Barr eventually quit on December 14 over the “stop the steal” claptrap, but the hearing heard how Trump and his White House crew pushed on by trotting out fake narratives and initiating hopeless legal actions to try and overturn results. Thus far, what the House Selection hearing has established is significant: That Trump’s electoral fraud allegations were not backed up with evidence and he knew it. A Big Lie. Legally, that demonstrates he was either a) incompetent or b) intent on creating a false narrative to overturn the election, which constitutes a criminal offence.
“Barr’s testimony revealed Trump knew he was lying,” said conservative lawyer and activist George Conway on CNN. “It didn’t matter whether it was true. He also did it [claimed fraud would happen] way before the election … because he was planning to claim fraud if he lost and said so. Proving the Big Lie is the first step to proving a criminal case of conspiracy to commit sedition. For that [sedition conspiracy] you need a meeting of minds and use of deception or fraudulent practices for an unlawful or corrupt purpose or improper purpose [disruption of the orderly transition of the Presidency].”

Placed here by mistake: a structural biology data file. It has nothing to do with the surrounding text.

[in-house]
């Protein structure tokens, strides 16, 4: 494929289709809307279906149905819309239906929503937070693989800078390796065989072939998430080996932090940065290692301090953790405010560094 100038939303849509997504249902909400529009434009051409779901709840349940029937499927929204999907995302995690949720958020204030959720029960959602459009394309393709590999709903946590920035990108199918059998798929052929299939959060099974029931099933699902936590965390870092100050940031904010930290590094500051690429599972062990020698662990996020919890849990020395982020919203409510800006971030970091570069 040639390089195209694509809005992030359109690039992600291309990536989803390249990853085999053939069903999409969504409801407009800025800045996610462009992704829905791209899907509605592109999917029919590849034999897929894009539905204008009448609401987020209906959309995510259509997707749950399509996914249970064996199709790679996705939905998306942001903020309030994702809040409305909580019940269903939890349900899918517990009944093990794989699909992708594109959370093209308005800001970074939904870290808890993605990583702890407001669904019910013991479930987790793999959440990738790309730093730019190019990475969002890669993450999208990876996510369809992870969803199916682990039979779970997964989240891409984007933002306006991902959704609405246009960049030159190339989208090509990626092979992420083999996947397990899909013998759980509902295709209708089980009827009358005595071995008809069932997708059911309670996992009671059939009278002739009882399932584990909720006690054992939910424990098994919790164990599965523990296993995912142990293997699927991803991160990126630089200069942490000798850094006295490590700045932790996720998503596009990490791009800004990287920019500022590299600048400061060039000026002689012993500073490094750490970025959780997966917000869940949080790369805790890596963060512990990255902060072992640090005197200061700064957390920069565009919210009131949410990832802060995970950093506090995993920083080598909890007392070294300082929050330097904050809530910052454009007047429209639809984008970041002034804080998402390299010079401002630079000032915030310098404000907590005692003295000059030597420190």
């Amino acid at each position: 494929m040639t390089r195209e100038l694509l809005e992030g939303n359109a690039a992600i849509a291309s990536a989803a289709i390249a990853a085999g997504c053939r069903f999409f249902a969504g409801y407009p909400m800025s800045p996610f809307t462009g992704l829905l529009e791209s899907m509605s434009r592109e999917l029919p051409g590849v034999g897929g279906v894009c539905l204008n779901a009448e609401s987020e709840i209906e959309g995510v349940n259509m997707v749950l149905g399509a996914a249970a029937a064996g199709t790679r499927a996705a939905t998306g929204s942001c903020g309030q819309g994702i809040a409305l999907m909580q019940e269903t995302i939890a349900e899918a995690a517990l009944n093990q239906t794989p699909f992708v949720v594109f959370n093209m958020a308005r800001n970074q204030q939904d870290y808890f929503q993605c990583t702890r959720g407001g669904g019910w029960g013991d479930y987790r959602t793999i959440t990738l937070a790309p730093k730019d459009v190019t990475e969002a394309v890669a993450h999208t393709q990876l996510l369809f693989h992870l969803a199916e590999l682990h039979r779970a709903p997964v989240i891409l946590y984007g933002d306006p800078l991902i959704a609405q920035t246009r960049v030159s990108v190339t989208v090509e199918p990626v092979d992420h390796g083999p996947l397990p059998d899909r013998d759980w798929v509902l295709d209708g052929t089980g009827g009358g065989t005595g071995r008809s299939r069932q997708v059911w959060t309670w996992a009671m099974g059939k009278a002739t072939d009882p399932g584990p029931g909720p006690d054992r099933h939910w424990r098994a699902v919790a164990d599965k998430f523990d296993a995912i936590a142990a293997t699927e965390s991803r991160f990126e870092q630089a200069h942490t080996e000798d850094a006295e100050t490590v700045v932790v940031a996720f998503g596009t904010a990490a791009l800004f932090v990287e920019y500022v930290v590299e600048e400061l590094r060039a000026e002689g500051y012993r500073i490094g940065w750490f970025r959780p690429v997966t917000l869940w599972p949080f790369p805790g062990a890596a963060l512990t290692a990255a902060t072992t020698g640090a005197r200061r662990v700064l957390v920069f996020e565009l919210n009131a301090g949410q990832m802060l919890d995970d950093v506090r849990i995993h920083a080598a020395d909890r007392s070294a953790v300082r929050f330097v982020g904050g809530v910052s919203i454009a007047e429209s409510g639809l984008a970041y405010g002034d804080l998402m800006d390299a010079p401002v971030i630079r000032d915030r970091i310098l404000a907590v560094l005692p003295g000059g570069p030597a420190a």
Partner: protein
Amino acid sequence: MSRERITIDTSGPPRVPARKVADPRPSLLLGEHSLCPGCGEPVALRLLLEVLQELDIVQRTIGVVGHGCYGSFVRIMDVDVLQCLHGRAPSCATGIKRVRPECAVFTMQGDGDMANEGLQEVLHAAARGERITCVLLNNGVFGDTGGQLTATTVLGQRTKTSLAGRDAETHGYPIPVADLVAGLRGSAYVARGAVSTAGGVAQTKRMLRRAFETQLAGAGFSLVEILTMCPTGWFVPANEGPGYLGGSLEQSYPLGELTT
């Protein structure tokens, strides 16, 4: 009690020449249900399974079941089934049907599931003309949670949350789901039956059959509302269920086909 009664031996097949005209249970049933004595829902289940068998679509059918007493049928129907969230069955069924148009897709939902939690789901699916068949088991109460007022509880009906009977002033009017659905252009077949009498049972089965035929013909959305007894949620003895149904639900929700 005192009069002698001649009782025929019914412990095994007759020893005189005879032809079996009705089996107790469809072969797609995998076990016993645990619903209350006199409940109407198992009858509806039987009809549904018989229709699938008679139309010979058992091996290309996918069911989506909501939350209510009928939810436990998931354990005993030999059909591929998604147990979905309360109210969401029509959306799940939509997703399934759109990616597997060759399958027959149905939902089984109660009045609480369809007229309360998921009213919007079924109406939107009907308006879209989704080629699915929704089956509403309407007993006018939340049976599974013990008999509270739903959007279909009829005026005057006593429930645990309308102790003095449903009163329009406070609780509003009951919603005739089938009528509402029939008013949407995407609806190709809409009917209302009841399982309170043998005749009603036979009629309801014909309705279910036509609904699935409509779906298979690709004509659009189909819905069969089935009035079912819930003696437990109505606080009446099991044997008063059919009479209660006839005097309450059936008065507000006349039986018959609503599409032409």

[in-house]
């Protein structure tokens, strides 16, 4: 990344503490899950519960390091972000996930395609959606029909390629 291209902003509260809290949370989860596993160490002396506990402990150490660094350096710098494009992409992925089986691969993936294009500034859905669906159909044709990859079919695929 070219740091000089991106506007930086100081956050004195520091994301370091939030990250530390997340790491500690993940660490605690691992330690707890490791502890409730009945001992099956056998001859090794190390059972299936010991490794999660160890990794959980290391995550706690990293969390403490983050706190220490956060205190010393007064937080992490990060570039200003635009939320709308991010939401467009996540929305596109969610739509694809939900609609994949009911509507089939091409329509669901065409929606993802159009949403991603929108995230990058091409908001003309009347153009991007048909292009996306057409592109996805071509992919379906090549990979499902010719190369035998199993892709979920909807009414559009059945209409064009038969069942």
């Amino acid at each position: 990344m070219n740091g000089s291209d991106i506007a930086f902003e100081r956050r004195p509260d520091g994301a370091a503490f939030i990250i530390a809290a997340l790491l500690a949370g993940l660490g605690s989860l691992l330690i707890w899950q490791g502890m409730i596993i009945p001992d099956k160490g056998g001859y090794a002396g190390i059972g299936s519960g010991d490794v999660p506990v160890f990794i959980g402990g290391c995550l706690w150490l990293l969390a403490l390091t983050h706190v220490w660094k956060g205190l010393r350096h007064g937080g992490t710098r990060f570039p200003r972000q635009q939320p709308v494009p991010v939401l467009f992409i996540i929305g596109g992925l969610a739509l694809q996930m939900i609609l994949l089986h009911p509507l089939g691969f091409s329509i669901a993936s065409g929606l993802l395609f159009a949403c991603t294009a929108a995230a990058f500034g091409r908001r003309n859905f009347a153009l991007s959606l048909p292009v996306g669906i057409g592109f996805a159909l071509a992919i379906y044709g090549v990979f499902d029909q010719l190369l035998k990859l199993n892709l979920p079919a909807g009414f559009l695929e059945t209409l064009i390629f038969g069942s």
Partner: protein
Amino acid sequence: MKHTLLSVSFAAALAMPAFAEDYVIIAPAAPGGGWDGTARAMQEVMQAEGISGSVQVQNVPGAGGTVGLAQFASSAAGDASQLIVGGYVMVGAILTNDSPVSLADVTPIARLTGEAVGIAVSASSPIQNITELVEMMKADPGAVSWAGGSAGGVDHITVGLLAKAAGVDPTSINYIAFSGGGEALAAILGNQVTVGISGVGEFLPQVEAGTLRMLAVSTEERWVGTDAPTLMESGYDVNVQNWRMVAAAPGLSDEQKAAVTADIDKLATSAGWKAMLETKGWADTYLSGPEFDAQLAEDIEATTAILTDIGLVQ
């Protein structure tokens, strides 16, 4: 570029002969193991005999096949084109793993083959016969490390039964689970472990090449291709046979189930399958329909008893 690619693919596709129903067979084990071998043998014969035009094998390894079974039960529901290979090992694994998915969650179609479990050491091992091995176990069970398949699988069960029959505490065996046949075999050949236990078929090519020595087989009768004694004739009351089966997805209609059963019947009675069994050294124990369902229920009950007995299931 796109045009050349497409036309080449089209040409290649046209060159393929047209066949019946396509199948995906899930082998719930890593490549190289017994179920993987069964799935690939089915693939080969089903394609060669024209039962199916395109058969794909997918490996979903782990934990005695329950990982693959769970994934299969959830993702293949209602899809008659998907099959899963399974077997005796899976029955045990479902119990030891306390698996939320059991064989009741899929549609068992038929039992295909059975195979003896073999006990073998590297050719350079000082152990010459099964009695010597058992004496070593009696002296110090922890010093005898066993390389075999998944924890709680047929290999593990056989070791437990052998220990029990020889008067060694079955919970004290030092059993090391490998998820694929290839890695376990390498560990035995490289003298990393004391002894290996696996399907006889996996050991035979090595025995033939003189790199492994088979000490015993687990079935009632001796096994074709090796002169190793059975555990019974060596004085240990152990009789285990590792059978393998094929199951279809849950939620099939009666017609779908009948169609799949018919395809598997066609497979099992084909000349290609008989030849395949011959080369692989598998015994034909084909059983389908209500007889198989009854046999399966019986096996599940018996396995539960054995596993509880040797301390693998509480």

Put another way, the Justice Department could bring seditious conspiracy charges if prosecutors accept the hearing’s findings and if its evidence proves that two or more people agreed to use force to delay the execution of a law or to overthrow the government. If that happens, Mr. Trump’s defence lawyers might argue that while he may have wanted to delay certification of the election, he did not ever formally agree with someone else to use “force.”
That’s why the next hearings will be critical to examine whether he and others worked together to bring about a lethal riot to overthrow the system. Upcoming hearings will sketch out the former President’s alleged “insurrection” maneuvers: Trump’s attempt to upend the Department of Justice and unseat the Acting Attorney General who refused to quash legitimate votes; his pressure on Vice President Mike Pence to illegally refuse to certify certain electoral votes on January 6 to stop the transition of power; his attacks against state officials, such as Georgia’s Republican Secretary of State Brad Raffensperger, to disallow enough votes to overturn results; the White House plot to organize and summon a mob to storm the Capitol Building and, finally, a hearing that will portray "a moment-by-moment account of the attack itself told by witnesses inside the White House as to how Trump refused advice from his allies and aides to stop the attack or to summon police and military assistance,” according to Vice Chair Liz Cheney.
Trump’s lawyers may defend him by saying, in essence, he was so nuts that he believed his own election lies. But no one can hide behind “deliberate ignorance”. An NBC News analysis pointed out that a judge can “instruct a jury that it can find that a defendant acted knowingly if the defendant was aware of a high probability that something was true but deliberately avoided learning the truth.”